'Martial Arts and the Mind', I explore what virtues can be developed in the fighting arts, in the right conditions, and with the right approach. A sample:
There are good sociological and historical reasons for dismissing the myth that philosophers are unphysical, and uninterested in combat. But nay-sayers may focus on ethics: fighting, goes the argument, is for vicious thugs, not virtuous sages. And philosophers are supposed to uphold ethical standards, lest their theories seem like empty verbiage. It is therefore a contradiction, as a philosopher, for me to enrol my children in Karate or Judo.
There is certainly evidence that some martial arts schools have vicious outcomes. In a longitudinal study for the Journal of Child Psychiatry and Psychology, for example, Endresen and Olweus concluded that arts like boxing and wrestling often increased violent and non-violent antisocial behaviour amongst young men. While this contradicts many notable anecdotal examples - boxers rescued from poverty and violence by the sweet science, for example - it is clear that some fight schools promote a macho outlook, which glorifies egoistic confrontation.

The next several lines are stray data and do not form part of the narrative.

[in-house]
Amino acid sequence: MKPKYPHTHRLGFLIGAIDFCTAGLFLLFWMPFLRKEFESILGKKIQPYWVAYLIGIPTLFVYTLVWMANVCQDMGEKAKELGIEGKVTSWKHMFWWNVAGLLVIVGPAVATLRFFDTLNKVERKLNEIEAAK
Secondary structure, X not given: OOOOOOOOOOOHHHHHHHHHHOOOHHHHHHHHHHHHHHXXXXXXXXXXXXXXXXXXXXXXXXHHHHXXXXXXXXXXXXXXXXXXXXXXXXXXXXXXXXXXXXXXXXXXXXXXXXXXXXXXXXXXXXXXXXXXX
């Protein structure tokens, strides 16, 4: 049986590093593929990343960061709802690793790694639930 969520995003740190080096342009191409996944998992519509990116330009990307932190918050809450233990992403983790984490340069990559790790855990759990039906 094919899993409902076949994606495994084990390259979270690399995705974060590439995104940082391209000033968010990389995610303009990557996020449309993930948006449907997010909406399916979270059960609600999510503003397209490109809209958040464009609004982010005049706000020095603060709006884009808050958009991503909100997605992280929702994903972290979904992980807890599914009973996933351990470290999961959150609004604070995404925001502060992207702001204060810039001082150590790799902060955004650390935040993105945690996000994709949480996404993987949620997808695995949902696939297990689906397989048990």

Nonetheless, other studies show exactly the opposite: the more years training in martial arts, the less aggression. In particular, those arts considered 'traditional' - a dubious label, given the older traditions of Muay Thai and Western boxing - are often morally educative. In Perceptual and Motor Skills, for example, Lamarre and Nosanchuk demonstrated that Judo lessons consistently left students less antisocial, and similar results have been given for Karate-do and its Korean kick-happy cousin, Tae Kwon Do. Certainly, this matches my own youth: despite all the lessons learning how to punch folks in the face, I was considerably less likely to do so after Karate than before.(Photo: Courtesy of Wikipedia Commons)